“I believe the strength of an institution rests in the quality and dedication of its faculty, and Creighton is a very special place,” said Dr. Haddix. “It draws in professors who are teachers first – and who are motivated by Creighton’s mission to mentor students who are not only equipped to go on to successful careers, but are formed by a Jesuit education that allows them to be steeped with a sense of ethics, and the ability to think critically. It is the Creighton difference.”

The additional programs supported through the Haddixes’ gift will contribute to the mission of the College of Arts and Sciences and the University in significant ways:

  • The Haddix Ignatian Advising Program will support a unique and comprehensive approach to academic advising, highlighting the role of faculty mentorships and supporting the development of the student as a whole person, thereby underscoring Creighton’s outstanding national reputation in the liberal arts and sciences and attracting the best students from across the nation.
  • The Haddix Faculty Research Incubator will signal to seasoned and beginning professors that Creighton values the teacher-scholar model. The Haddix Faculty Research Incubator will afford professors dedicated time to concentrate primarily on research. Competitive pre-tenure sabbaticals and fully funded, full-year sabbaticals will honor the top-tier faculty Creighton recruits and seeks to retain.

“As a trustee, I see firsthand the momentum Fr. Hendrickson has brought to campus, and his vision for what Creighton can and will be through the fine work in the College of Arts and Sciences,” said Susan Haddix. “George and I believe that faculty need the resources to dedicate time to research, to mentor students, and to challenge our students, and we need the laboratories that reflect our national reputation for preparing the scientists of the future.”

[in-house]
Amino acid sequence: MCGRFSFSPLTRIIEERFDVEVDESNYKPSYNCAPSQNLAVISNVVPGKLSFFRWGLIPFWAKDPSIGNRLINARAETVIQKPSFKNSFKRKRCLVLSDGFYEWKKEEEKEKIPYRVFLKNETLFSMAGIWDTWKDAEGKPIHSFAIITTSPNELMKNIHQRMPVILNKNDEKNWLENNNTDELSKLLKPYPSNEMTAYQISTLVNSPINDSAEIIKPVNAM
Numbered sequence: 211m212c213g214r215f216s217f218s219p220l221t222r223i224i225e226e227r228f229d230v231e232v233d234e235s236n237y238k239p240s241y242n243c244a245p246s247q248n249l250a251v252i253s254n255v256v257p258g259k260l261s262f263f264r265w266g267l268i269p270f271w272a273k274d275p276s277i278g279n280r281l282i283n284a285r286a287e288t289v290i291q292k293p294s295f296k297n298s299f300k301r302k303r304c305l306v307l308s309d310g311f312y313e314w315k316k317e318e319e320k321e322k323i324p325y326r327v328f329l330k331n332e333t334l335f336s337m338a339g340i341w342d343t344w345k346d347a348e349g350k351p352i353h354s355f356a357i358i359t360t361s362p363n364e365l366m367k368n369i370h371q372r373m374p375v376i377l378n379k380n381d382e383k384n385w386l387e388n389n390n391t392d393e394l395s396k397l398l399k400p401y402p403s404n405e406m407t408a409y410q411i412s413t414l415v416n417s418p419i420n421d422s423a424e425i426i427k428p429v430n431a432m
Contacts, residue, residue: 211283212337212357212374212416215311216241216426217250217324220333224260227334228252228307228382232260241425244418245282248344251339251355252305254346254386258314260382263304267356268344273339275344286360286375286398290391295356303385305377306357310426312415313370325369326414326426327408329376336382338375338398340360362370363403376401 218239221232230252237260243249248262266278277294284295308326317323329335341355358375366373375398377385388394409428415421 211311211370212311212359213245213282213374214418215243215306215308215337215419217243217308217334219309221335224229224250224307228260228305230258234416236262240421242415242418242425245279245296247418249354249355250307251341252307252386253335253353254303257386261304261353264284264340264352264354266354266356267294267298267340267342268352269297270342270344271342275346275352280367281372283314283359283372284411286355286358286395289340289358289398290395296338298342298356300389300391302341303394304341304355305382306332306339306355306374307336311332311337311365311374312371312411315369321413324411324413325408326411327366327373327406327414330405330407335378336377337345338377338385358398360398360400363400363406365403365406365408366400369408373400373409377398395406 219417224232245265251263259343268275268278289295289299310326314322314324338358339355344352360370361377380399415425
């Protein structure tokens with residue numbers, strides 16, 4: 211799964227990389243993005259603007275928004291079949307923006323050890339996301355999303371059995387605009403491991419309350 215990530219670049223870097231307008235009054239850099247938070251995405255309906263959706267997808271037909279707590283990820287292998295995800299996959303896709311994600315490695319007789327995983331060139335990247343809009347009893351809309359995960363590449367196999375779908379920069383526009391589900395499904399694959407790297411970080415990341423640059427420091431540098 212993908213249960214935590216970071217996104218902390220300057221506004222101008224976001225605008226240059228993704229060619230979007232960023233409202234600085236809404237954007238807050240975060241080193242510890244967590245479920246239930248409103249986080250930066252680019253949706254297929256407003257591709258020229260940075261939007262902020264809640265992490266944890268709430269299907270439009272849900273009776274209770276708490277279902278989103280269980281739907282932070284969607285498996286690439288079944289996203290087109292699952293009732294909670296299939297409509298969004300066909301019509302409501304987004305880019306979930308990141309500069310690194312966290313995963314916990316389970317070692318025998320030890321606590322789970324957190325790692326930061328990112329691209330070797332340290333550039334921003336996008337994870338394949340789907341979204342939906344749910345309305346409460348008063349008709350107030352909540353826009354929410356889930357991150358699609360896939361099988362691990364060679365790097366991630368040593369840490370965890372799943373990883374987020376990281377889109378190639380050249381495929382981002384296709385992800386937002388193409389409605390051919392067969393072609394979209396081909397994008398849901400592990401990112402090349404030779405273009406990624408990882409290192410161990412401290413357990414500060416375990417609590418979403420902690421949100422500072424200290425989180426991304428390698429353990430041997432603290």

In addition to the impact George and Susan Haddix will make through the new gift, they continue supporting other important initiatives at the University, including:

  • The Dr. George F. Haddix President’s Faculty Research Fund: This fund enhances the research and scholarly productivity of faculty by providing seed funding for promising faculty researchers.
  • The Center for Mathematics of Uncertainty: The mission of the Center for Mathematics of Uncertainty (Fuzzy Math) is to support the paradigm shift in the sciences involving uncertainty and to support colleagues in developing countries.
  • Omaha North High School Scholarship program: This annual renewable scholarship gift provides four incoming freshmen, graduating from Omaha North High School, with a full-ride scholarship to the University. Dr. Haddix is a 1957 graduate of Omaha North High School.

Nationally, for the fourth year in a row, Creighton was one of 42 universities in the U.S. to be acknowledged by U.S. News & World Report magazine for an emphasis on undergraduate research/creative projects. Creighton is the lone Catholic university on the list.

For the 15th consecutive year, Creighton University has earned the No. 1 ranking for Midwest Regional Universities in U.S. News & World Report’s 2018 “America’s Best Colleges” edition.

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Creighton University is a Jesuit, Catholic university bridging health, law, business and the arts and sciences for a more just world.